Italian wine producers want to celebrate the 2015 vintage - which looks set to be of unusually excellent quality - with a special “reserve” label.
The idea is to set aside more wine from 2015 for the “reserve” (which is of superior quality and carries a special label) than in other years.
The “reserve” label is in a way a barometer of quality, considering that it usually involves particularly valuable grapes, while in difficult years, no reserve is usually produced.
Of course, not all of the types of wines can be involved, but the reds meant for aging like those from Piedmont, the Amarone from Veneto, and the Tuscan greats all will be candidates.
So they would thus be taken off the market today in order to be sold in 5 or 6 years time preceded by the allure of an exceptional vintage.
In fact, the 2015 production was not just abundant (Italy is back as the world’s largest producer) but also of especially high quality. The time is right to consider enhancing this year’s value through expanding the top segment of the market.
This exciting proposal was brought up in the past few days by Dario Tommasi, a leading Amarone producer, but also the owner of nearly 600 hectares of vines in four diverse regions, from Veneto to Tuscany, from Lombardy to Puglia.
“We must think about how we can enhance an already extraordinary vintage,” explained Tommasi, “in which the July heatwave hindered the growth of parasites and vine diseases, eliminating the use of chemical treatments in the field. Then in August, when the plants began to suffer the stress of dehydration, the right amount of rain came just in time. All with a timeliness that seems entirely planned, and guaranteed high grape quality and a lowering of costs (due to lack of treatment) by approximately 30%.”
“I think that the strengthening of the ’reserve’ is a great idea,” adds Federvini president, Sandro Boscaini. “However, it will be important for the banking system to accompany winemakers with the financial tools designed for an operation which is not suitable for all, and might present prohibitive costs for smaller producers.”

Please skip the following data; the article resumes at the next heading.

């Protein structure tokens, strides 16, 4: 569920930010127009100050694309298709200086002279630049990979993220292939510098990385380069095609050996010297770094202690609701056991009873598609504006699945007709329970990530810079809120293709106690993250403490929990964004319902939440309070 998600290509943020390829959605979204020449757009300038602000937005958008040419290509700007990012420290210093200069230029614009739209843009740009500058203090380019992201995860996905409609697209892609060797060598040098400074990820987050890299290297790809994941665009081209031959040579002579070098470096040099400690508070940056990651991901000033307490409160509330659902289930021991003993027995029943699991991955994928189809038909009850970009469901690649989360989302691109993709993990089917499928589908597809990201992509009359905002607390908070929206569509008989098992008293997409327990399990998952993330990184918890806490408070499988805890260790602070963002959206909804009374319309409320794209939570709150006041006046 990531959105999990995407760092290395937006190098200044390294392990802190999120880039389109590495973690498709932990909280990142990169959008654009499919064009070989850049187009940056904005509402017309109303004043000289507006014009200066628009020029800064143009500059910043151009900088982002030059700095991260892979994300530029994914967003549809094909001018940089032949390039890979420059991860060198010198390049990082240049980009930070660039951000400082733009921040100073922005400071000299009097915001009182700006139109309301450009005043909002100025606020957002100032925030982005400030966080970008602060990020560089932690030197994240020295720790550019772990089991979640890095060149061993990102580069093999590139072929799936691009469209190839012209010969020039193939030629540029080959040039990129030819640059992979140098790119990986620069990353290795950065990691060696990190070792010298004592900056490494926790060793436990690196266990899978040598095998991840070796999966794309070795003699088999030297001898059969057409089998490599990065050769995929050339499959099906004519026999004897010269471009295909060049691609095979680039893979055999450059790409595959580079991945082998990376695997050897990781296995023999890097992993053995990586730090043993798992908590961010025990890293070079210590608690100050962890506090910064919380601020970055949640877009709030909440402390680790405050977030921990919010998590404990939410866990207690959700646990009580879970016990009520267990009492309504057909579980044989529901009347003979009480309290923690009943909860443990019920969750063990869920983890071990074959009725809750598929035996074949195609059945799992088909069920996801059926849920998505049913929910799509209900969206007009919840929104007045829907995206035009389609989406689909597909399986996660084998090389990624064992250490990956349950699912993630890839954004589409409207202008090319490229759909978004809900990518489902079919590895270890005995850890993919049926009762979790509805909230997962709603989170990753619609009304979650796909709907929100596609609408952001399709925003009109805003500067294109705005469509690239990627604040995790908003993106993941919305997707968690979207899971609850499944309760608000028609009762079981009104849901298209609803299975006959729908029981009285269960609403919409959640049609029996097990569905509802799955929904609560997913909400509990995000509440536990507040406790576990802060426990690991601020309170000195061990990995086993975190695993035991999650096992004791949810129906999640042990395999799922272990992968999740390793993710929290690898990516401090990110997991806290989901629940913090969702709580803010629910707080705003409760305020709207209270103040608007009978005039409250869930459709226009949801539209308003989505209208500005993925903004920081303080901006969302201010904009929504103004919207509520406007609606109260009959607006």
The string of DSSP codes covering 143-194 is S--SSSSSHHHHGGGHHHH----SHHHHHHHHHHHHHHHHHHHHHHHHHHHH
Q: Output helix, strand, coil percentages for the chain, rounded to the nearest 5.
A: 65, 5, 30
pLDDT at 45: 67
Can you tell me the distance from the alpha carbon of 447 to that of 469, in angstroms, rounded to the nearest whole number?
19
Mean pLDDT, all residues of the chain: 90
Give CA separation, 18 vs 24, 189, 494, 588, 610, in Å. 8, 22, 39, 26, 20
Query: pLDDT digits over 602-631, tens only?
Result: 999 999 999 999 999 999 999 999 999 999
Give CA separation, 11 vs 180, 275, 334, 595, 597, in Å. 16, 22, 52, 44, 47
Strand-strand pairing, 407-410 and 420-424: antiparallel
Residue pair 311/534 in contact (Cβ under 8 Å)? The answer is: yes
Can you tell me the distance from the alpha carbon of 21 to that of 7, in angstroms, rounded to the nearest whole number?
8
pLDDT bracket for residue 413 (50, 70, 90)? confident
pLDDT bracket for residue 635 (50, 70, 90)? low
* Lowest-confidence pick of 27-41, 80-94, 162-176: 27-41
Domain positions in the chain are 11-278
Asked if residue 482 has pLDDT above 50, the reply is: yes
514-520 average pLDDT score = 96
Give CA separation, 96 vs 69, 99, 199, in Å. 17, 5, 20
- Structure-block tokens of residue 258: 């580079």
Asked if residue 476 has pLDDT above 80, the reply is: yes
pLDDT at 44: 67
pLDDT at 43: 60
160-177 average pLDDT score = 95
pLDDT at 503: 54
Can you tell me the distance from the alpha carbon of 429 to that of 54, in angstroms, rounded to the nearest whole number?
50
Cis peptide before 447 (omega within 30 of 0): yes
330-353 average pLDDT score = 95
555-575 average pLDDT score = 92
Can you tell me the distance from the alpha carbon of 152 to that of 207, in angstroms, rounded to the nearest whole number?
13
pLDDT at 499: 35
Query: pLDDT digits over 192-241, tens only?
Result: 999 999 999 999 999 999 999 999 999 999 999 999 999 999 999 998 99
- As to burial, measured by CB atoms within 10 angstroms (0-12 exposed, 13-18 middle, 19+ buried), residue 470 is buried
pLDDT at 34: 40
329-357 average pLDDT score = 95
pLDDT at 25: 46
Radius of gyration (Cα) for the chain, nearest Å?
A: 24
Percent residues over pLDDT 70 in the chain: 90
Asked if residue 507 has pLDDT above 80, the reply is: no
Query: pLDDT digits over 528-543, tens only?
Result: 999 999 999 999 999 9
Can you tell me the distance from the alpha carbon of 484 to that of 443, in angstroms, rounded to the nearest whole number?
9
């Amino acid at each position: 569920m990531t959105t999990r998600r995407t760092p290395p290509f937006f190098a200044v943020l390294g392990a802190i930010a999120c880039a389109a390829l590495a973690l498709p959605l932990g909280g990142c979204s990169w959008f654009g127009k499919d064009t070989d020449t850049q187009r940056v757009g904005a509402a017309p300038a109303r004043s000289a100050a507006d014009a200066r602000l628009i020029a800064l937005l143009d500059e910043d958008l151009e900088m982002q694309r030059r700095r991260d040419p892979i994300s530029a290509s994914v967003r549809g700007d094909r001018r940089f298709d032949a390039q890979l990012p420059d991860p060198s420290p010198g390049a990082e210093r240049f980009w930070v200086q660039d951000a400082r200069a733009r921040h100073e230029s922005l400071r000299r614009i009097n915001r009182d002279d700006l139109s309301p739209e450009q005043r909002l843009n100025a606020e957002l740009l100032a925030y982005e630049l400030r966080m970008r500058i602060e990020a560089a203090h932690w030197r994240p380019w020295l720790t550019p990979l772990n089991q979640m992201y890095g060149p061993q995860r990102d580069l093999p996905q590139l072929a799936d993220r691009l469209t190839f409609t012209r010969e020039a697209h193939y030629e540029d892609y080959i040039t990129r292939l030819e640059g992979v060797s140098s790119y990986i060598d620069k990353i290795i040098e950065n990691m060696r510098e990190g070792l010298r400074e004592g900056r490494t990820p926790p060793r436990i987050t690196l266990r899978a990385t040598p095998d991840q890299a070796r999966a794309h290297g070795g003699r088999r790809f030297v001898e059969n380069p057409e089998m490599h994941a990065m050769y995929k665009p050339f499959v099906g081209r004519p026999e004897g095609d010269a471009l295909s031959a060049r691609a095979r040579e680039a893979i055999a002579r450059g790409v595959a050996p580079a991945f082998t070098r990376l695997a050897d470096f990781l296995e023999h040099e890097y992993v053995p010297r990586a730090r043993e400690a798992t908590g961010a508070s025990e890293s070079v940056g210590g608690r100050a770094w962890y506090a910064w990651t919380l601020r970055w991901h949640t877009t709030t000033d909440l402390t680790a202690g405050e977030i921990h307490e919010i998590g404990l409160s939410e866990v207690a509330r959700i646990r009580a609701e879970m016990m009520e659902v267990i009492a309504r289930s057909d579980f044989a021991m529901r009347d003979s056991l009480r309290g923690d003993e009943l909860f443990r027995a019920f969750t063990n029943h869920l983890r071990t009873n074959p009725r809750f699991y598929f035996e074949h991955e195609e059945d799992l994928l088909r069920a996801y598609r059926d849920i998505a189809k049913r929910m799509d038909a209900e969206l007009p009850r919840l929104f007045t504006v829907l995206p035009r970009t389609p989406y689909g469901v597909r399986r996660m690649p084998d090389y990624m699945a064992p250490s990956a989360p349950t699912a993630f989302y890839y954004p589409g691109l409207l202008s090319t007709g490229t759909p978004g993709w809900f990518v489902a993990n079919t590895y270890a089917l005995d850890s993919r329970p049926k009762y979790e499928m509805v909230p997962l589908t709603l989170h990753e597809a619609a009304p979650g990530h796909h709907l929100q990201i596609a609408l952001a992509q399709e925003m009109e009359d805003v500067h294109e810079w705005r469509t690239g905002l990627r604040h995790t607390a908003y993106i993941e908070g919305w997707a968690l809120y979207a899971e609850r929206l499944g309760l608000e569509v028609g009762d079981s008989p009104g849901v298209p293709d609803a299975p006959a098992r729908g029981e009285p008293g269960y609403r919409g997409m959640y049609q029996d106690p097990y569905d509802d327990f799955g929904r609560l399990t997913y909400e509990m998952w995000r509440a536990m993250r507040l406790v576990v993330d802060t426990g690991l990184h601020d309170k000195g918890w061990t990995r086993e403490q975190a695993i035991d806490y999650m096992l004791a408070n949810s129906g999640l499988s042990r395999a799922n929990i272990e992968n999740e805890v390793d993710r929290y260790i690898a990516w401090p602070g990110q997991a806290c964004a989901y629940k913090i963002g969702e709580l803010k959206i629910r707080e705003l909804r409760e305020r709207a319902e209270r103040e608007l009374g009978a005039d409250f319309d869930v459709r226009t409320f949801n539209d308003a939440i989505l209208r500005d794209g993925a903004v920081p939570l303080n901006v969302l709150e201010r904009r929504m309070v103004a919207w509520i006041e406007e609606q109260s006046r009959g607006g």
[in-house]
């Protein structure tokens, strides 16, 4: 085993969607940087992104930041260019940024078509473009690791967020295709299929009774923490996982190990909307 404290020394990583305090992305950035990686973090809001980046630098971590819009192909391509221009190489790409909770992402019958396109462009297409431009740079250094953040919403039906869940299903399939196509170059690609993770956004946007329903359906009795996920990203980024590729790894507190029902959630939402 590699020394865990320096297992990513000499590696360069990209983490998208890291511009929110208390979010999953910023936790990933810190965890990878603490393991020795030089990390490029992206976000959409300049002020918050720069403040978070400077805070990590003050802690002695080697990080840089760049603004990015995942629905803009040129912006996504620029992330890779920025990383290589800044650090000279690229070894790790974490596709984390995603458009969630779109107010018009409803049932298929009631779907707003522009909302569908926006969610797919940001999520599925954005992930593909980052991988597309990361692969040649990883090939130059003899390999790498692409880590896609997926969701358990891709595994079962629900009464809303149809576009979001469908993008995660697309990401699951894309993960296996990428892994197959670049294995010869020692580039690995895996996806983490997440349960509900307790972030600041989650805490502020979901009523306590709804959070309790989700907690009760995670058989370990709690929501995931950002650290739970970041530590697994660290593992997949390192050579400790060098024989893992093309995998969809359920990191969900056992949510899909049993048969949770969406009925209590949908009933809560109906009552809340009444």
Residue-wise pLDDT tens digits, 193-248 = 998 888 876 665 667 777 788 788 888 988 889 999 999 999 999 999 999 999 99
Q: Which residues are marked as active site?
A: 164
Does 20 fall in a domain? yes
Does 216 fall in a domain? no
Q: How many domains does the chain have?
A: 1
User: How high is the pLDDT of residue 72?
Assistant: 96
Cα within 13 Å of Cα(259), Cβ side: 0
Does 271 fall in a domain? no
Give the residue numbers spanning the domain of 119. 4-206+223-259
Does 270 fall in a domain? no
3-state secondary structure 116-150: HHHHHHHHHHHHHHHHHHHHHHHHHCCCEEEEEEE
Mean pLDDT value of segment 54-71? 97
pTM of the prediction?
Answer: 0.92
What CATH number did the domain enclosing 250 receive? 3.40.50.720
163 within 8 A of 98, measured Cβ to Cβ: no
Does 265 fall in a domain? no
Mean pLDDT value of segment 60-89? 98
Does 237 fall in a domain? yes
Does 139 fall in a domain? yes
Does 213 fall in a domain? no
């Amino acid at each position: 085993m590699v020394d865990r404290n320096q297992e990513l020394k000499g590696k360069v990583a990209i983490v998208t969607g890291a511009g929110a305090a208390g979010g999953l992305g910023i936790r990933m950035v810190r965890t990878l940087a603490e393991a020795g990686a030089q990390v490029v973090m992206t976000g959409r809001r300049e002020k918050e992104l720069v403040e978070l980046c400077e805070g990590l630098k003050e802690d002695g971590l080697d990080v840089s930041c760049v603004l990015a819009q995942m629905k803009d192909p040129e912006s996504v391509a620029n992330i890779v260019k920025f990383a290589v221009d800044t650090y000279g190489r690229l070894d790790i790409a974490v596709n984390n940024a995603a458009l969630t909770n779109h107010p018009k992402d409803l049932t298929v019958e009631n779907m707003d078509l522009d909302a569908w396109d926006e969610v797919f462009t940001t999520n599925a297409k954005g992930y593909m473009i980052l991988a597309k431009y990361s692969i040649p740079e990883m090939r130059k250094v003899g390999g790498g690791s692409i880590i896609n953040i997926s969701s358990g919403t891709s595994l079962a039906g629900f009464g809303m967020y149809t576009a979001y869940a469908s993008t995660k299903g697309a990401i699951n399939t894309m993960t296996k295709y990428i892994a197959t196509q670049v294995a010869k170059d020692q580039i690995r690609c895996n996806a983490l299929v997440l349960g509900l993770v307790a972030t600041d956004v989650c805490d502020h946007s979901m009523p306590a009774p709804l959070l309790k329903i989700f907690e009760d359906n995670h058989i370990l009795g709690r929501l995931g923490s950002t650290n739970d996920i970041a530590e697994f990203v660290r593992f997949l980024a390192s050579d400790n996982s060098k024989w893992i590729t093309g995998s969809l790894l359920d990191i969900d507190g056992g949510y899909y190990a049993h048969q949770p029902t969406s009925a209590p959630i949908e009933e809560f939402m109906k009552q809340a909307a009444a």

“Technically,” adds president of the DOC Wines Committee of Agriculture Ministry Giuseppe Martelli, “there are no quantitative volume restrictions earmarked for reserves, just qualitative requirements, like a minimum alcohol content, and a minimum of three years of aging, which I do not believe wines from the 2015 vintage will have trouble satisfying.”
“This is a proposal on which we all agree,” adds president of Marchesi de' Antinori, Piero Antinori. “At the company level, we have already decided to designate higher than average volumes to our ’reserve’ wines compared to recent years.”
“This is both in order to preserve a vintage which promises to be of great quality, as well as to address future harvests which could prove less fortunate,” he continued. “In conclusion, I think that an initiative of this kind can contribute to the appraisal of the price of Made in Italy wines, reducing the price gap which finds Italian wines marked down compared to the French competitors.”
Banco Popolare has signed a financing agreement for Amarone and Recioto wine stocks. The bank and the Consortium for the protection of Valpolicella wines, in collaboration with Siquria Spa, have signed an innovative deal, the first of the kind in Italy, to preserve the exclusive nature of Recioto, and in particular, of Amarone.
Following an almost perfect summer for local wine varieties, the 2015 season is particularly positive for the quality and quantity of the special wines. In order to protect the unique quality of the product, thanks to the loan program “Vendemmia 2015” (Grape harvest 2015), wine producers that are members of the consortium can receive funding while contributing to support the Amarone, the king of red wines.
In particular, “they could fund their activities by updating the bank in real time, through the Consortium and Siquria, of the consistency and evolution of the stocks of Amarone and Recioto kept in their cellars, without being forced to sell it ahead of time to get the liquidity necessary to run their ordinary business, protecting at the same time the wines' prestige and value.”
The financing lasts for a maximum of 60 months with a grace period of up to 30 months adjusted to the natural cycle of the wine.
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